Climate Variability and Prediction
GFDL scientists develop and use global coupled ocean-atmosphere climate models to improve understanding of climate variability and change on seasonal to centennial time scales, to assess the predictability of the climate system, and to advance the state of the art in climate predictions.
- Predictability of ENSO modulation
- Predictions of North Atlantic Hurricane Frequency
- The Spring 2012 Warm Anomaly Over the Eastern U.S.
- Conceptual Modeling of El Niño
- Disentangling El Niño-Mean State Interaction
- Trends in Regional Surface Temperatures
- Downscaling of Future Atlantic Hurricane Activity
- ENSO sensitivity to climate change
- Impact of CO2 on the Atlantic Hurricane Main Development Region
- Understanding Atlantic ITCZ Biases in Models
- The CM2.5 High-Resolution Coupled GCM
- Projections of North Atlantic Tropical Storms
- Capotondi, A., A. T. Wittenberg, et al., 2015: Understanding ENSO diversity. Bull. Amer. Meteor. Soc., in press. doi: 10.1175/BAMS-D-13-00117.1 Research Summary (PDF).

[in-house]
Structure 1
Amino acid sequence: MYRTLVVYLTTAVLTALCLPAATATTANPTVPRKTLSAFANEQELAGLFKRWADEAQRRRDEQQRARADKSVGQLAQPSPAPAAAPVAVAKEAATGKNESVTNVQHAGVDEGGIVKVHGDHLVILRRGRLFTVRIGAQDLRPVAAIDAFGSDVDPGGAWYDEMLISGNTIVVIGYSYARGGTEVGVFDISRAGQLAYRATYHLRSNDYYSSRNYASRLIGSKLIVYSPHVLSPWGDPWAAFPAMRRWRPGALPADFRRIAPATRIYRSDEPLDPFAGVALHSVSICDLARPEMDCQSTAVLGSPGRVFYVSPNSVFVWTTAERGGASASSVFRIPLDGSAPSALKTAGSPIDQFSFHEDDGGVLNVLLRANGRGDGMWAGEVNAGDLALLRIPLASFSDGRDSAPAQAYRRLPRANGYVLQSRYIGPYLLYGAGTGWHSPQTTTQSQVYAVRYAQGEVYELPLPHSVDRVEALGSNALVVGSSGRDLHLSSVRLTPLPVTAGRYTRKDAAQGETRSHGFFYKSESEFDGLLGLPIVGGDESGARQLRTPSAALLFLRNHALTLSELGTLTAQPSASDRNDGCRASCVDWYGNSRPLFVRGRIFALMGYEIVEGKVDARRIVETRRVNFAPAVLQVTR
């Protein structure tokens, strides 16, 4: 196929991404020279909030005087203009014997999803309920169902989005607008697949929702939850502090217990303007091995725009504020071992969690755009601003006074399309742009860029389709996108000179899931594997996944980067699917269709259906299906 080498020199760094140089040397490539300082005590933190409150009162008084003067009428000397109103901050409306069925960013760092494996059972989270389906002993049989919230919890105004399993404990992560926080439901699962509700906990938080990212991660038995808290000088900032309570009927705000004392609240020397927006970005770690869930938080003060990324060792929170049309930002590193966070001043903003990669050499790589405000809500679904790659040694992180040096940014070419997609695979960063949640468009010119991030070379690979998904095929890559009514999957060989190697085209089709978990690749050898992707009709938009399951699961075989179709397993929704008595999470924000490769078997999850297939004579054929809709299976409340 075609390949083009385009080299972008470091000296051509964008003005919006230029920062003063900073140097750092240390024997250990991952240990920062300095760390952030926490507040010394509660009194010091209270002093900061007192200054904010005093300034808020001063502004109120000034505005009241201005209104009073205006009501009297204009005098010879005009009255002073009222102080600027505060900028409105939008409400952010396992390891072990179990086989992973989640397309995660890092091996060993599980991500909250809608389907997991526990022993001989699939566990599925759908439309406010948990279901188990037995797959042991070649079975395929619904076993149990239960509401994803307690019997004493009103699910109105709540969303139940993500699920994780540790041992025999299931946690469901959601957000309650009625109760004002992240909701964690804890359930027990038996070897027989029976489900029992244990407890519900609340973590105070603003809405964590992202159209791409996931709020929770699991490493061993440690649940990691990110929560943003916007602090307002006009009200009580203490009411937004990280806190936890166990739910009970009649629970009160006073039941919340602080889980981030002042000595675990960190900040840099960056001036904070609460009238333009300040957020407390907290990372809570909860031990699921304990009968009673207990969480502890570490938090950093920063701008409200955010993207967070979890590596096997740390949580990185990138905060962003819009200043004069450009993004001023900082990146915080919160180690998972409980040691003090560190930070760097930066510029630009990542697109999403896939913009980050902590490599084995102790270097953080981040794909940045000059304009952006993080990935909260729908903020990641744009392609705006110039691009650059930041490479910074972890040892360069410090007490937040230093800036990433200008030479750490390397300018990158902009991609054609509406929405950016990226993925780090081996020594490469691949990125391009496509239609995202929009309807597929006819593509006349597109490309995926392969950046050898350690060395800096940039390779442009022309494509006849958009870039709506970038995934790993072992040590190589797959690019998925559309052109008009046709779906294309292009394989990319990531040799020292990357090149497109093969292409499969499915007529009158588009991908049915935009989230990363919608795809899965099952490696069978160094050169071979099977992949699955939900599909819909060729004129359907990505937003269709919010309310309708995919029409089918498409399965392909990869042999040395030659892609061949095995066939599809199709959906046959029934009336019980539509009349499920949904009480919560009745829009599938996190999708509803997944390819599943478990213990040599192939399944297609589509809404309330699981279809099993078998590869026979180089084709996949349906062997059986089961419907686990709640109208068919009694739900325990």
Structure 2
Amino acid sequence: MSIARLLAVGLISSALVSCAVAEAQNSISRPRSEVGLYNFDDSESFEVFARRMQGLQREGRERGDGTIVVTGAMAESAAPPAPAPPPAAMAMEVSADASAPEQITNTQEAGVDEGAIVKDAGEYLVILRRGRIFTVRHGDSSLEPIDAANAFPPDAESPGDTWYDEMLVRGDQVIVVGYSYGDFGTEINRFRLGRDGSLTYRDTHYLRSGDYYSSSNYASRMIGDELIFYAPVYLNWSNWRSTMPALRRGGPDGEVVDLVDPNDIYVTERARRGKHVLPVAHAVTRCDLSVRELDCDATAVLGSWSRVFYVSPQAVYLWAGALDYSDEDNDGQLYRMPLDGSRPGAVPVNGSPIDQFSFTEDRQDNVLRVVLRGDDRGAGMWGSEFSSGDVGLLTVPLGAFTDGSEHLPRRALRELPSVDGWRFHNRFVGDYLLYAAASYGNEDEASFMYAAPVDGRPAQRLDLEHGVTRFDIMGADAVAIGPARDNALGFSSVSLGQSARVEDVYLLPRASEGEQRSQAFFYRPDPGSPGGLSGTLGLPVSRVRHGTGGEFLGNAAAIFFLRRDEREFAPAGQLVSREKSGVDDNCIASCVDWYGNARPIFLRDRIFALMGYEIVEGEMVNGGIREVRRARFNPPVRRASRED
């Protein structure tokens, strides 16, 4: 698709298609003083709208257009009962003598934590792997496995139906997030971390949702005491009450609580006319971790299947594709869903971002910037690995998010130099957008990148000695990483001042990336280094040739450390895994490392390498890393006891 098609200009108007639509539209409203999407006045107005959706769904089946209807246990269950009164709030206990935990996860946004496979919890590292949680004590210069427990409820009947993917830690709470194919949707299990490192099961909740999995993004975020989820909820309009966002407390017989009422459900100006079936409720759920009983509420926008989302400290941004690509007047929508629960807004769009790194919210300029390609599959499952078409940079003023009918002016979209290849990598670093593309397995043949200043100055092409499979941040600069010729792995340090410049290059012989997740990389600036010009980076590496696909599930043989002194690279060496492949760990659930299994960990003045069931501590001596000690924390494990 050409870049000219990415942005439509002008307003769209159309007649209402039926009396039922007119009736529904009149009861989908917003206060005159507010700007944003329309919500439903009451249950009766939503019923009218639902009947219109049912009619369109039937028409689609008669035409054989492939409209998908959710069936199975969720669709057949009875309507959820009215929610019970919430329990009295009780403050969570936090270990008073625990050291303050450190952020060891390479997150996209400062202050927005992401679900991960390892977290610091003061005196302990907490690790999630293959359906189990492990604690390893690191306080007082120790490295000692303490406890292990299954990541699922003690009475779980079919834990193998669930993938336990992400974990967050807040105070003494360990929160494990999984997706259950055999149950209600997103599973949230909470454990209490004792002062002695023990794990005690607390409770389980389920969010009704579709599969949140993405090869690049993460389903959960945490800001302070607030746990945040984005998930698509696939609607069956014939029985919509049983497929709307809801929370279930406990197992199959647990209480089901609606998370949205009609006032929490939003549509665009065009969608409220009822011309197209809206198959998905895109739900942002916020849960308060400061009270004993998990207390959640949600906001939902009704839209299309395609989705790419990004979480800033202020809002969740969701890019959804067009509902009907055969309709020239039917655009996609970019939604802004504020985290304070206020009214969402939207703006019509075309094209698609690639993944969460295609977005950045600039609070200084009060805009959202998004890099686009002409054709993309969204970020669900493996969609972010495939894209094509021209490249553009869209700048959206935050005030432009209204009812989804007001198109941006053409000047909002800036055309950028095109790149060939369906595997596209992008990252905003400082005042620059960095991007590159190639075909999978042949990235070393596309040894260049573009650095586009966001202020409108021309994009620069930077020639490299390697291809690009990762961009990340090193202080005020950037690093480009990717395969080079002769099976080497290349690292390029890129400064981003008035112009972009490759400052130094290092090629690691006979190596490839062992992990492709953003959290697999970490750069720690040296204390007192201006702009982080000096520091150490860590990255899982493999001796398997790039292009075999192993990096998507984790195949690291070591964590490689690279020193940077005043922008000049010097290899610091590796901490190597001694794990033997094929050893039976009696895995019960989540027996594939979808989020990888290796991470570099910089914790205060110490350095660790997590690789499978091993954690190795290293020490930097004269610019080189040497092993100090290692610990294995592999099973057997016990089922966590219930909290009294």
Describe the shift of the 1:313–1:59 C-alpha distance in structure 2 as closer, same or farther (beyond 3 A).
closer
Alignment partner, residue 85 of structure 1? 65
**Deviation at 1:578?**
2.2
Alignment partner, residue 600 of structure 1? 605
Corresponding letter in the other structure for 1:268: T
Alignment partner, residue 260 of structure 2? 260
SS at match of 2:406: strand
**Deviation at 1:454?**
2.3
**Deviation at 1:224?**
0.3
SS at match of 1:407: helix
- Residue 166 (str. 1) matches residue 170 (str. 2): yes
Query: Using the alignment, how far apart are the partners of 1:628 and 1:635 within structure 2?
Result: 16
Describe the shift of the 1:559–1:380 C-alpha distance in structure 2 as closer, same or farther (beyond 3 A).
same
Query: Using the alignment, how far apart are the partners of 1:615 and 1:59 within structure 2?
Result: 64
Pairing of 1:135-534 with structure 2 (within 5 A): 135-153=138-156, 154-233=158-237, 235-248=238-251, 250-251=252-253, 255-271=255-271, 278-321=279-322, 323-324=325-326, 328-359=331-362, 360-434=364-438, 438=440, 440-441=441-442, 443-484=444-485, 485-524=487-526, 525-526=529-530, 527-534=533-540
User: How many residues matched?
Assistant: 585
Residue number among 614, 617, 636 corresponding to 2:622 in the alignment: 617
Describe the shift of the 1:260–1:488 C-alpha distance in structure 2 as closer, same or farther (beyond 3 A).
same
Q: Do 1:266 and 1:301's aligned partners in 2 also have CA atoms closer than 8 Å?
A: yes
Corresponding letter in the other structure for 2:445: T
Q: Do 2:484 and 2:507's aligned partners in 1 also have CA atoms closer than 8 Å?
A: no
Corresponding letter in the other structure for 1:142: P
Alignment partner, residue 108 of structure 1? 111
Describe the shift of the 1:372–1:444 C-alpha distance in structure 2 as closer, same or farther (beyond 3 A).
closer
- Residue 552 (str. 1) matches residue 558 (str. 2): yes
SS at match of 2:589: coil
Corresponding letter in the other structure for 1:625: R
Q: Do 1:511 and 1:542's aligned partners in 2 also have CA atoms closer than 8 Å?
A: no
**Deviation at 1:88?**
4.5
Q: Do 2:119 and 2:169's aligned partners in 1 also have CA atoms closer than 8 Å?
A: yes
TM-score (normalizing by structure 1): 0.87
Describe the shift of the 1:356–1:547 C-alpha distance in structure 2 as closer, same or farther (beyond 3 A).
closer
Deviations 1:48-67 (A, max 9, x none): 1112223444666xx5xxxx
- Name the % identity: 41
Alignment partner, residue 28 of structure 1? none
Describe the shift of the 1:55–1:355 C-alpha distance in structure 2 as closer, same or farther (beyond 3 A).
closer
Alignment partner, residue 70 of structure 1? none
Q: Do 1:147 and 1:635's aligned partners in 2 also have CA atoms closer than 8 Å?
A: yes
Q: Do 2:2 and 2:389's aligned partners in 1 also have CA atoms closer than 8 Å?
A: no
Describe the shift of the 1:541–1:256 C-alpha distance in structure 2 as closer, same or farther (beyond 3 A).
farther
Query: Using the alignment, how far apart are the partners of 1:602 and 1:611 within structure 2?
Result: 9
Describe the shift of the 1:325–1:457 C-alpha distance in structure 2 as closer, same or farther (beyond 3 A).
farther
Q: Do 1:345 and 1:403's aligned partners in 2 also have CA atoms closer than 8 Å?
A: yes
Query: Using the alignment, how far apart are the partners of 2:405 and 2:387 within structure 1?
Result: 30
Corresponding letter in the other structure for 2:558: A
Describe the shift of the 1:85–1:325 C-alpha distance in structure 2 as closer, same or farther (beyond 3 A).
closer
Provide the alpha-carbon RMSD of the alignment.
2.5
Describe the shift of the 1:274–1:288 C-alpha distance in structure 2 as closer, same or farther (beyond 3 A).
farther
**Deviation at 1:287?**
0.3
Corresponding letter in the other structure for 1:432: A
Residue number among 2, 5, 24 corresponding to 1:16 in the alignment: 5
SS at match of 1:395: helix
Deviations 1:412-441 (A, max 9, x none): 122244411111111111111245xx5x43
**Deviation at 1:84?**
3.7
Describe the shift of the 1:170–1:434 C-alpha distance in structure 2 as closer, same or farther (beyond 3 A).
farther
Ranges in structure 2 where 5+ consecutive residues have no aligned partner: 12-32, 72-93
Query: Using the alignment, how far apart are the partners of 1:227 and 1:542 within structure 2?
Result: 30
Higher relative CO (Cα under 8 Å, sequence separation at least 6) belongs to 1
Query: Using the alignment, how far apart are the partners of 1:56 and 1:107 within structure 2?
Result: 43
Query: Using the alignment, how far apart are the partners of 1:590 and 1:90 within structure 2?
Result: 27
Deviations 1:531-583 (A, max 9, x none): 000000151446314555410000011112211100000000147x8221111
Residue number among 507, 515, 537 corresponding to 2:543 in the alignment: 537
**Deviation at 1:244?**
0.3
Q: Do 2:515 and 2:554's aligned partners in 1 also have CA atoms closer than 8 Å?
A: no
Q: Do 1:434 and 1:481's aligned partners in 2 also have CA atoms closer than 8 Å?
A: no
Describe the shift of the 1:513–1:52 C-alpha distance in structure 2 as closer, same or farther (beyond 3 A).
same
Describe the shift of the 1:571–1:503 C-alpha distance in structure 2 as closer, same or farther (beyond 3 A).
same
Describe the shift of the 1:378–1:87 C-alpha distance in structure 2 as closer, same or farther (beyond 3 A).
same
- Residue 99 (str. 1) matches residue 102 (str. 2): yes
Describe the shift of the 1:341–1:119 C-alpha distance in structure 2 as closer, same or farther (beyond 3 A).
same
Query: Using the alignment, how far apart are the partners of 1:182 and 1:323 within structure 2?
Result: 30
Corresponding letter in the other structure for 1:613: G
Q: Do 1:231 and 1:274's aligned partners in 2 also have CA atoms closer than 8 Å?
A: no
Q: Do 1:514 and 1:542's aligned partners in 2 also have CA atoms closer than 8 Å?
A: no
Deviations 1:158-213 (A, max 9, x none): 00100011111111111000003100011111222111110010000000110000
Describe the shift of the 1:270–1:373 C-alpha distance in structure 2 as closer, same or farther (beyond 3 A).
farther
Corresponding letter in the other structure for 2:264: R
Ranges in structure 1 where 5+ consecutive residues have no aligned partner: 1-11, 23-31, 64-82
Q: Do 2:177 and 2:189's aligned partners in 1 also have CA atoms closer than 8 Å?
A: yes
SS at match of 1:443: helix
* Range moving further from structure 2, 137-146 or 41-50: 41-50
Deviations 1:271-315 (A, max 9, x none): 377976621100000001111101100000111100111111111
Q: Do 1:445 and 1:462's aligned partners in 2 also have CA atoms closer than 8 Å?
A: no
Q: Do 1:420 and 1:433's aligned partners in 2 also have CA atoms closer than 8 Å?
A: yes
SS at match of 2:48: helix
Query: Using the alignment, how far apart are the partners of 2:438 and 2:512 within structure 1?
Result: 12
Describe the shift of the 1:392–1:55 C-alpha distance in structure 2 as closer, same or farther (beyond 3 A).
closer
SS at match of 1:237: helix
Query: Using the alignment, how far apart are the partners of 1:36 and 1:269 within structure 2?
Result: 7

- Yang, X., et al. (2014): Seasonal predictability of extratropical storm tracks in GFDL’s high-resolution climate prediction model. J. Climate, in press. Research Summary (PDF)
- Jia, L., et al. (2014): Improved Seasonal Prediction Skill of Land Temperature and Precipitation in a GFDL High-Resolution Climate Model, J. Climate, in press. Research Summary (PDF)
- Vecchi, G.A., et al. (2014): On the Seasonal Forecasting of Regional Tropical Cyclone Activity. J. Climate, 27, 7994-8016. doi: 10.1175/JCLI-D-14-00158.1 Research Summary (PDF)
- Msadek, R., G.A. Vecchi, M. Winton, R.G. Gudgel (2014): Importance of initial conditions in seasonal predictions of Arctic sea ice extent. Geophys. Res. Lett., 41, 5208-5215. doi: 10.1002/2014GL060799 Wittenberg, A. T., et al., 2014: ENSO modulation: Is it decadally predictable? J. Climate, 27, 2667-2681. doi:
10.1175/JCLI-D-13-00577.1. Research Summary (PDF).